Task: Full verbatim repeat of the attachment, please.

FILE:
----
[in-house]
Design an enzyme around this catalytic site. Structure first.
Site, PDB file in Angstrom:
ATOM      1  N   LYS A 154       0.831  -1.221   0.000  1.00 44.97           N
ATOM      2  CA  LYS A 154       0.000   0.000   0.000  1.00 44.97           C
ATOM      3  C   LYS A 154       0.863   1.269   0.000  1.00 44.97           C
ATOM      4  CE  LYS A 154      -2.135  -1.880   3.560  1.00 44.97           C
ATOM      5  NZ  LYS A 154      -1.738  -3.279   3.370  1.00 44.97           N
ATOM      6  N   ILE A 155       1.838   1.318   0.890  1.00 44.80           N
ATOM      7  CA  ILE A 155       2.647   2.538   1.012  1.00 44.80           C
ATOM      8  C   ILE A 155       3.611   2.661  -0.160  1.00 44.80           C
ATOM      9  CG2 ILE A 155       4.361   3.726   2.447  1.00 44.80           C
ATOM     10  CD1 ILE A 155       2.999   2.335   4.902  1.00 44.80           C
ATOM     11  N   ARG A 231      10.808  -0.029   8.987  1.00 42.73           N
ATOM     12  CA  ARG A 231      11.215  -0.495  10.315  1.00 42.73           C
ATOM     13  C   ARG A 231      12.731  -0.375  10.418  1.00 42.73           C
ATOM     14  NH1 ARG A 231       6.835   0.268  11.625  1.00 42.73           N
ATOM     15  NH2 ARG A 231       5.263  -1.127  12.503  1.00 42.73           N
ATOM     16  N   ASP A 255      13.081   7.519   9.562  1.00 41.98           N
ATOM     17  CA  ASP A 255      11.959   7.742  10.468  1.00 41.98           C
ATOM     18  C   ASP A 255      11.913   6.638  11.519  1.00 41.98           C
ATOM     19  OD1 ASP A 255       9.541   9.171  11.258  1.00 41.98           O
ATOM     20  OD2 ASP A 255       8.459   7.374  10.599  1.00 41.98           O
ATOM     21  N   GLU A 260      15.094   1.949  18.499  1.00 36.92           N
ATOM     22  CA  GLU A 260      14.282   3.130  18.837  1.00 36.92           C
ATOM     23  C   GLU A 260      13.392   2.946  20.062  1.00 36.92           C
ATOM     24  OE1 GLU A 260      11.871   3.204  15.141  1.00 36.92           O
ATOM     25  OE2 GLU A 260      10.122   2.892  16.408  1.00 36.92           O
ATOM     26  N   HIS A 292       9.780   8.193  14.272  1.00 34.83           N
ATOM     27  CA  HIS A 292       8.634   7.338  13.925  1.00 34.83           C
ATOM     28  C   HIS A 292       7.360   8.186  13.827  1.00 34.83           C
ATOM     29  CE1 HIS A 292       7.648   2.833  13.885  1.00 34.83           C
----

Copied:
[in-house]
Design an enzyme around this catalytic site. Structure first.
Site, PDB file in Angstrom:
ATOM      1  N   LYS A 154       0.831  -1.221   0.000  1.00 44.97           N
ATOM      2  CA  LYS A 154       0.000   0.000   0.000  1.00 44.97           C
ATOM      3  C   LYS A 154       0.863   1.269   0.000  1.00 44.97           C
ATOM      4  CE  LYS A 154      -2.135  -1.880   3.560  1.00 44.97           C
ATOM      5  NZ  LYS A 154      -1.738  -3.279   3.370  1.00 44.97           N
ATOM      6  N   ILE A 155       1.838   1.318   0.890  1.00 44.80           N
ATOM      7  CA  ILE A 155       2.647   2.538   1.012  1.00 44.80           C
ATOM      8  C   ILE A 155       3.611   2.661  -0.160  1.00 44.80           C
ATOM      9  CG2 ILE A 155       4.361   3.726   2.447  1.00 44.80           C
ATOM     10  CD1 ILE A 155       2.999   2.335   4.902  1.00 44.80           C
ATOM     11  N   ARG A 231      10.808  -0.029   8.987  1.00 42.73           N
ATOM     12  CA  ARG A 231      11.215  -0.495  10.315  1.00 42.73           C
ATOM     13  C   ARG A 231      12.731  -0.375  10.418  1.00 42.73           C
ATOM     14  NH1 ARG A 231       6.835   0.268  11.625  1.00 42.73           N
ATOM     15  NH2 ARG A 231       5.263  -1.127  12.503  1.00 42.73           N
ATOM     16  N   ASP A 255      13.081   7.519   9.562  1.00 41.98           N
ATOM     17  CA  ASP A 255      11.959   7.742  10.468  1.00 41.98           C
ATOM     18  C   ASP A 255      11.913   6.638  11.519  1.00 41.98           C
ATOM     19  OD1 ASP A 255       9.541   9.171  11.258  1.00 41.98           O
ATOM     20  OD2 ASP A 255       8.459   7.374  10.599  1.00 41.98           O
ATOM     21  N   GLU A 260      15.094   1.949  18.499  1.00 36.92           N
ATOM     22  CA  GLU A 260      14.282   3.130  18.837  1.00 36.92           C
ATOM     23  C   GLU A 260      13.392   2.946  20.062  1.00 36.92           C
ATOM     24  OE1 GLU A 260      11.871   3.204  15.141  1.00 36.92           O
ATOM     25  OE2 GLU A 260      10.122   2.892  16.408  1.00 36.92           O
ATOM     26  N   HIS A 292       9.780   8.193  14.272  1.00 34.83           N
ATOM     27  CA  HIS A 292       8.634   7.338  13.925  1.00 34.83           C
ATOM     28  C   HIS A 292       7.360   8.186  13.827  1.00 34.83           C
ATOM     29  CE1 HIS A 292       7.648   2.833  13.885  1.00 34.83           C